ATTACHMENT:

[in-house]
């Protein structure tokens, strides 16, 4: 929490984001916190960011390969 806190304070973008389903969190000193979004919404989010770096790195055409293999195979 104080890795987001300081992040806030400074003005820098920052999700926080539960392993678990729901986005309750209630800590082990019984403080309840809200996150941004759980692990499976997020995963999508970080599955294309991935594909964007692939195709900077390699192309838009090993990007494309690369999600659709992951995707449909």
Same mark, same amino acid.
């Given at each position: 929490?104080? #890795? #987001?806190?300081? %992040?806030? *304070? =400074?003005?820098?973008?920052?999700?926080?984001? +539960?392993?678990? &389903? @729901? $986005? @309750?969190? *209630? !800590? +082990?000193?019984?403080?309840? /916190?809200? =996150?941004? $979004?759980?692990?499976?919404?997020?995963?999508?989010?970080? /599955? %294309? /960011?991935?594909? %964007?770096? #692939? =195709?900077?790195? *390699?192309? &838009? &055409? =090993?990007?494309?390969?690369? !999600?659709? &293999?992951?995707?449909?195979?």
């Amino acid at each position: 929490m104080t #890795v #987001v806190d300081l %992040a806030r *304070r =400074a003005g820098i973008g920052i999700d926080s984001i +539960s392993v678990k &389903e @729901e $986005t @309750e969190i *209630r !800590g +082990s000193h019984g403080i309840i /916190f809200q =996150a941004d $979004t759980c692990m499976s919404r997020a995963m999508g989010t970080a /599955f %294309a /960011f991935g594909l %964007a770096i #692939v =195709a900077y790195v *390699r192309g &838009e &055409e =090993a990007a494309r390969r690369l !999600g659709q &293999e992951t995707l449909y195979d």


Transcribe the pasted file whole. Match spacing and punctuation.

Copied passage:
[in-house]
């Protein structure tokens, strides 16, 4: 929490984001916190960011390969 806190304070973008389903969190000193979004919404989010770096790195055409293999195979 104080890795987001300081992040806030400074003005820098920052999700926080539960392993678990729901986005309750209630800590082990019984403080309840809200996150941004759980692990499976997020995963999508970080599955294309991935594909964007692939195709900077390699192309838009090993990007494309690369999600659709992951995707449909």
Same mark, same amino acid.
């Given at each position: 929490?104080? #890795? #987001?806190?300081? %992040?806030? *304070? =400074?003005?820098?973008?920052?999700?926080?984001? +539960?392993?678990? &389903? @729901? $986005? @309750?969190? *209630? !800590? +082990?000193?019984?403080?309840? /916190?809200? =996150?941004? $979004?759980?692990?499976?919404?997020?995963?999508?989010?970080? /599955? %294309? /960011?991935?594909? %964007?770096? #692939? =195709?900077?790195? *390699?192309? &838009? &055409? =090993?990007?494309?390969?690369? !999600?659709? &293999?992951?995707?449909?195979?």
């Amino acid at each position: 929490m104080t #890795v #987001v806190d300081l %992040a806030r *304070r =400074a003005g820098i973008g920052i999700d926080s984001i +539960s392993v678990k &389903e @729901e $986005t @309750e969190i *209630r !800590g +082990s000193h019984g403080i309840i /916190f809200q =996150a941004d $979004t759980c692990m499976s919404r997020a995963m999508g989010t970080a /599955f %294309a /960011f991935g594909l %964007a770096i #692939v =195709a900077y790195v *390699r192309g &838009e &055409e =090993a990007a494309r390969r690369l !999600g659709q &293999e992951t995707l449909y195979d």